Introducing my research project for emerging technologies in audio. Although spatial and 3D audio has been around for a long time already it has only recently been introduced to the mainstream. With advancements in virtual reality (VR), especially its availability to the mass market, virtual audio needs to maintain the pace to enhance the virtual experience and make it a truly immersive one.
What are the positives and negatives when delivering a range of spatial audio systems for use with VR? There are several ways spatialised audio can be received by the listener. There are three fundamental categories in which this sound can be delivered: through a speaker array; a pair of stereo headphones; a bone-conduction headset. These categories can be split into sub-groups. The array in which the speakers are set up can be altered, 5.1 and 7.1 surround sound and third and fourth order ambisonic speaker arrays could be explored. Within the headphone and bone-conduction headset categories the different software used to replicate the 3D environment may yield different results. Two of the 3D audio applications I am interested in are Waves NX and Dolby Headphone. Another variable to be considered is the technique for recording spatial sound. The two main methods for capturing 3D audio are binaural and ambisonics. Binaural recording tries to replicate the human listening experience by using either a dummy of a head with microphones in the ears or using earbuds with microphones on actual human ears. The sound is then recorded from the exact position it would be picked up from human ears, crucially considering the effect the auricle has on the perception of location and direction of sound. Ambisonics uses an array of multiple microphones to map the audio space in a 360󠇏° sphere.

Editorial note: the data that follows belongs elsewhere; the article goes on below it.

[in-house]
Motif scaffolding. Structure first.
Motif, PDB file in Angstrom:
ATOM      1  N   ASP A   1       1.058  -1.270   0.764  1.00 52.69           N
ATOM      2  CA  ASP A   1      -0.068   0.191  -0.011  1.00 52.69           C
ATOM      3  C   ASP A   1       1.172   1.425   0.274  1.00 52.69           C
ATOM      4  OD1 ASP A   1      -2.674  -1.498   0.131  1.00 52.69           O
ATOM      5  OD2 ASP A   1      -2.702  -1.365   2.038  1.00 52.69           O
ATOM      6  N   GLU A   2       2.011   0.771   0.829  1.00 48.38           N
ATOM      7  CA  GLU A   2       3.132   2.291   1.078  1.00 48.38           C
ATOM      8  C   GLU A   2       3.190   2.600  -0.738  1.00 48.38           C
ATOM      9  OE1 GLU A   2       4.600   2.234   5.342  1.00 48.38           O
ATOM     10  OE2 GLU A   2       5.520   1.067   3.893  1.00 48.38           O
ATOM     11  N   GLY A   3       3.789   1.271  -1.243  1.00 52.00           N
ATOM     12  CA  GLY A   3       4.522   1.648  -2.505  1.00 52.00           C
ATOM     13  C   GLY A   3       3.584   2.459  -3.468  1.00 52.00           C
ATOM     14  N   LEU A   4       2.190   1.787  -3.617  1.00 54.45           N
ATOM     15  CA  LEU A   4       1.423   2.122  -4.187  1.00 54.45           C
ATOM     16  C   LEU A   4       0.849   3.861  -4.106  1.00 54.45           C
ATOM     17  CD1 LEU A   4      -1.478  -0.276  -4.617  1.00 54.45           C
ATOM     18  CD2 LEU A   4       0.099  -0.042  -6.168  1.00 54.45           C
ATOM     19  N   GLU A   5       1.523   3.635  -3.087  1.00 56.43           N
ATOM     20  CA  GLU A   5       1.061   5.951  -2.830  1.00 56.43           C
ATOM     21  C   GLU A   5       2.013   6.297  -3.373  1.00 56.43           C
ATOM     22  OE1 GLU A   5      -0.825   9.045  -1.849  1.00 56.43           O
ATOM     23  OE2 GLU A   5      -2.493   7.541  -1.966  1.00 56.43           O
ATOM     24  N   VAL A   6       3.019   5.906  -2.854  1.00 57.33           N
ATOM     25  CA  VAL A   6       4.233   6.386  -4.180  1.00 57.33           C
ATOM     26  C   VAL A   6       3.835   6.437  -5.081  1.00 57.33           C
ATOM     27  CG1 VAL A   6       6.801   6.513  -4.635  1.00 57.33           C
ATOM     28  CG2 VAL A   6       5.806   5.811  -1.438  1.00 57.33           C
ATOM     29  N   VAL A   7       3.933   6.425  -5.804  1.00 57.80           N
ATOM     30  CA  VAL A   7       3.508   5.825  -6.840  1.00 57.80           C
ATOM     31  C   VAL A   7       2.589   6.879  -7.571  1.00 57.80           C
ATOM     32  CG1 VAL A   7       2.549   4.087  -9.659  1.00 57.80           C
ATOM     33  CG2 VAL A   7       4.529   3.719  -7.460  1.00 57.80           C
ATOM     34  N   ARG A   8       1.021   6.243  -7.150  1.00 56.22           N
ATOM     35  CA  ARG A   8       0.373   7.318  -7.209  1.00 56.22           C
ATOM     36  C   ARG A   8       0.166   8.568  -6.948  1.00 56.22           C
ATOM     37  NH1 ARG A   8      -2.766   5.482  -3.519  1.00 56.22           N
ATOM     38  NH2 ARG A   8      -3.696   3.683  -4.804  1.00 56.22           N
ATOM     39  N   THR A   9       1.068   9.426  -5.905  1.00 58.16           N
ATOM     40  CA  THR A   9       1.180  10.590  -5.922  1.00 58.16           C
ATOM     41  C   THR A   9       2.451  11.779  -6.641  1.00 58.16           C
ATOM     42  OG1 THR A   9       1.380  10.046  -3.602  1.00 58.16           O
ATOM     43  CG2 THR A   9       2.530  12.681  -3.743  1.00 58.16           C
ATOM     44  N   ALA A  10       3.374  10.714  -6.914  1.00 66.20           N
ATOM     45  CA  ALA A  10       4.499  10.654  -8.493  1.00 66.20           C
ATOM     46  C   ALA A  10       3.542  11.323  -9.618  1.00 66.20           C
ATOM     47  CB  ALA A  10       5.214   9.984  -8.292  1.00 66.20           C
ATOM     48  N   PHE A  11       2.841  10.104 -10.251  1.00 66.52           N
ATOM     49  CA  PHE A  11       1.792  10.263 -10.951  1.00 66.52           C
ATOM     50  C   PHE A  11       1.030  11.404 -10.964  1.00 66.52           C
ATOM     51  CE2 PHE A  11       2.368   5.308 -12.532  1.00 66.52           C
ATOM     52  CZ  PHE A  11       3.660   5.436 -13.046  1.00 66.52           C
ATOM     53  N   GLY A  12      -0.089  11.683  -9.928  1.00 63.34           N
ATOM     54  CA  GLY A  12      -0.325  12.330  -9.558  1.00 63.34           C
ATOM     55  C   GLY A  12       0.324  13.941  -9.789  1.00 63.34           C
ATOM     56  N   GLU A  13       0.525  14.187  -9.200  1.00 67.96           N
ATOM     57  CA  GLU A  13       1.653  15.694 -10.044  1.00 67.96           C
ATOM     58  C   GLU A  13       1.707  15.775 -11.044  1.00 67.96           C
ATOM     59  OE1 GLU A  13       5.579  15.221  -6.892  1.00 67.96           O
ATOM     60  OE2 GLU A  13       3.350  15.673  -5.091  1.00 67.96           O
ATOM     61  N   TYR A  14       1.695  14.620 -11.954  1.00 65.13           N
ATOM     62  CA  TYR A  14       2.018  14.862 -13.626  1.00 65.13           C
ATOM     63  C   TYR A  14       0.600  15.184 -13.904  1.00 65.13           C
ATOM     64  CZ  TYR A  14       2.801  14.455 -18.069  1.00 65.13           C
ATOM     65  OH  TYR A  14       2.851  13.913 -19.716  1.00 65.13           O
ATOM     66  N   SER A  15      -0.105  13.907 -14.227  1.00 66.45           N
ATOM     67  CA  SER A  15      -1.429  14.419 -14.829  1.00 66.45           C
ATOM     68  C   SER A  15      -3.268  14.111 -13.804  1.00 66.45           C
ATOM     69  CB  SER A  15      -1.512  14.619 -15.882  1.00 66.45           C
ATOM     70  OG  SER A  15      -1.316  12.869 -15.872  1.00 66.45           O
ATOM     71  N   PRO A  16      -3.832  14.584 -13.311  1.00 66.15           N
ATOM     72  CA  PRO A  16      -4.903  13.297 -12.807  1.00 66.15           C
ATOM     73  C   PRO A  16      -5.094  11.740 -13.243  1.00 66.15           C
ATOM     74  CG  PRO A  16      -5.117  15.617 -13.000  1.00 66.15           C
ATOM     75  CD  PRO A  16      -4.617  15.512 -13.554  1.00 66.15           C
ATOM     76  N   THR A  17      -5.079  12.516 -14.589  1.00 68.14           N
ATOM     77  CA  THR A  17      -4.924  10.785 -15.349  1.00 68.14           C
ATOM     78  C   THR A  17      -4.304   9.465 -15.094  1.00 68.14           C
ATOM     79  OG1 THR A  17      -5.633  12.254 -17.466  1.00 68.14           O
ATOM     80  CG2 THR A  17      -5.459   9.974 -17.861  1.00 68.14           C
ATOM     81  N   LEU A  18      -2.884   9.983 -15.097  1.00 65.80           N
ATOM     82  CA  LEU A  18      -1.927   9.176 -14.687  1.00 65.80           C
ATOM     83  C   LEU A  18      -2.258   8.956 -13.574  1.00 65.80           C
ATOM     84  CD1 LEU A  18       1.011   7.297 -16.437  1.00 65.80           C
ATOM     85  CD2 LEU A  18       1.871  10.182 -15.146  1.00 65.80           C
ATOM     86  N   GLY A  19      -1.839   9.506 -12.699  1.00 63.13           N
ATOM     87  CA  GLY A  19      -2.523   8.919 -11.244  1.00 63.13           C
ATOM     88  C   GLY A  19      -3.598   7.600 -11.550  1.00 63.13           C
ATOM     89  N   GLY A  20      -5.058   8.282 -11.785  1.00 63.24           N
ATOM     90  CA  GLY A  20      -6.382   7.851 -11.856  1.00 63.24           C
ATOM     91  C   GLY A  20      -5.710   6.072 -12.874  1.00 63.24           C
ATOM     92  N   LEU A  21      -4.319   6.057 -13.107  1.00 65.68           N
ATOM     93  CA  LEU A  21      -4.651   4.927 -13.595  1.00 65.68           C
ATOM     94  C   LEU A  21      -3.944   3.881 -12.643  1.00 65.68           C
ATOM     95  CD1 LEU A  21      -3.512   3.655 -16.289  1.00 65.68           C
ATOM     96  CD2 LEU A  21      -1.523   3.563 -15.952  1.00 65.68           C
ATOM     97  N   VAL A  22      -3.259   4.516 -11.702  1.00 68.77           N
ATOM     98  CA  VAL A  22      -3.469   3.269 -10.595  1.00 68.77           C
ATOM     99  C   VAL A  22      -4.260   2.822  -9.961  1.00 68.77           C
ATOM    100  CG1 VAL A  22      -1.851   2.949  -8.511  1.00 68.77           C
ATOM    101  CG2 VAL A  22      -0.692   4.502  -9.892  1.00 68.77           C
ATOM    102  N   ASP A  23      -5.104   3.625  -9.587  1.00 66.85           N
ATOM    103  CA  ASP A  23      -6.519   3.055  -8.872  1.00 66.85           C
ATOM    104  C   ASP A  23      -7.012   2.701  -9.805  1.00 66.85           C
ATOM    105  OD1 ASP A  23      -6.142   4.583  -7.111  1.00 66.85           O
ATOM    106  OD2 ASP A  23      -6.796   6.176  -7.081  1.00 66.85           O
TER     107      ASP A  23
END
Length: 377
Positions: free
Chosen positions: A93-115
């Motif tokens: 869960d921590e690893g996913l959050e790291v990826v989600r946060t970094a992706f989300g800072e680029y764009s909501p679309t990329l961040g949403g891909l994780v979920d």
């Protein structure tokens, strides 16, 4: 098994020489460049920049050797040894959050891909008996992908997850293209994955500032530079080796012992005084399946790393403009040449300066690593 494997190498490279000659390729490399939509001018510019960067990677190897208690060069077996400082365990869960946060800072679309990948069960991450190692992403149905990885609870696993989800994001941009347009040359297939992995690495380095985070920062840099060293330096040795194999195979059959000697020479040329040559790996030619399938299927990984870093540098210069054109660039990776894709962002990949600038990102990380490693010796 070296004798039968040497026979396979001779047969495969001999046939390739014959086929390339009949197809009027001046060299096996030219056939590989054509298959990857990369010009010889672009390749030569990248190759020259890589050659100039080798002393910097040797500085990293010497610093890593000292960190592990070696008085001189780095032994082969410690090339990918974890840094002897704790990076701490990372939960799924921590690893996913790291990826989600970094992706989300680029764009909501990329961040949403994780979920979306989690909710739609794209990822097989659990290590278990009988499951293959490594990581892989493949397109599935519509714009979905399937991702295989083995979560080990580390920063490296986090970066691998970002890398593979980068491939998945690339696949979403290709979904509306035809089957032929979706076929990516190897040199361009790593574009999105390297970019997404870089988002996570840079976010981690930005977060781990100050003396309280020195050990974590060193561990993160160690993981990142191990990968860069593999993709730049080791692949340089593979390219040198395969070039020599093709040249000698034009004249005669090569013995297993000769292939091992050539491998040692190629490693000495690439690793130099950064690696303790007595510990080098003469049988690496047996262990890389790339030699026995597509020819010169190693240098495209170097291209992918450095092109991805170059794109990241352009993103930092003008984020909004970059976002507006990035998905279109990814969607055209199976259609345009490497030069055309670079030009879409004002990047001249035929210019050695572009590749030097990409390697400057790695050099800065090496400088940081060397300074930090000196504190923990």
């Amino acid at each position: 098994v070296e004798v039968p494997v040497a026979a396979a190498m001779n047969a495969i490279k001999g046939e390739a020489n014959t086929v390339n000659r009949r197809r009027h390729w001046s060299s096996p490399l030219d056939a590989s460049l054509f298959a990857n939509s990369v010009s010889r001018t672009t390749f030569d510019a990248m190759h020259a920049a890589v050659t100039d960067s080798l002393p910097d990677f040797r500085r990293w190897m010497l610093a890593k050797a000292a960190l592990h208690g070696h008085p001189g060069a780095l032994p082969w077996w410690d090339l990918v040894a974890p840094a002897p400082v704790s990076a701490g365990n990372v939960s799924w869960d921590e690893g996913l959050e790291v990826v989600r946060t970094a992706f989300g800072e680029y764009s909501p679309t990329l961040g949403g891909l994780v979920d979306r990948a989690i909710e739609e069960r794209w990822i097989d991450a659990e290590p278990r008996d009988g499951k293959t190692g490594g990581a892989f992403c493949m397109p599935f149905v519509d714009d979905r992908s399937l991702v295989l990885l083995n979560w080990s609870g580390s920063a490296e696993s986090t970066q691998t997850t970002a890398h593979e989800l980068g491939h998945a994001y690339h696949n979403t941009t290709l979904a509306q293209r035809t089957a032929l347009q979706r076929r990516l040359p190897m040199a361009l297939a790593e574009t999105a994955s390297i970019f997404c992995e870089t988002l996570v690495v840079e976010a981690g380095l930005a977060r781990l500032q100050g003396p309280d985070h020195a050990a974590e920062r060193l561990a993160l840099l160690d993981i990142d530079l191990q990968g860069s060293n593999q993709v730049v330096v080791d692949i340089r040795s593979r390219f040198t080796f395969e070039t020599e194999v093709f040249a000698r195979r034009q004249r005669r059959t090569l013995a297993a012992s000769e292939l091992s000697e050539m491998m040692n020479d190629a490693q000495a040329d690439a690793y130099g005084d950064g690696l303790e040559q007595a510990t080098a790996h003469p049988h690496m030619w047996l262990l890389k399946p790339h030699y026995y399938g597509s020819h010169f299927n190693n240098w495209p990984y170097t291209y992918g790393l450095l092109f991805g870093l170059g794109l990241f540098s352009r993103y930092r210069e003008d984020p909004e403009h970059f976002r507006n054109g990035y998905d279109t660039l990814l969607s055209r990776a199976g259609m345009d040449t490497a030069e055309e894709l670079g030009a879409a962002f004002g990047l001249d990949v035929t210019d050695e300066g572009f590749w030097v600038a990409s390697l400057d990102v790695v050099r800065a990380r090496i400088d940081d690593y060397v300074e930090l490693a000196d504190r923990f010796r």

By exploring these various techniques and audio delivery systems I should gain a comprehensive understanding of the application of spatial audio to create the best experience in immersive virtual reality.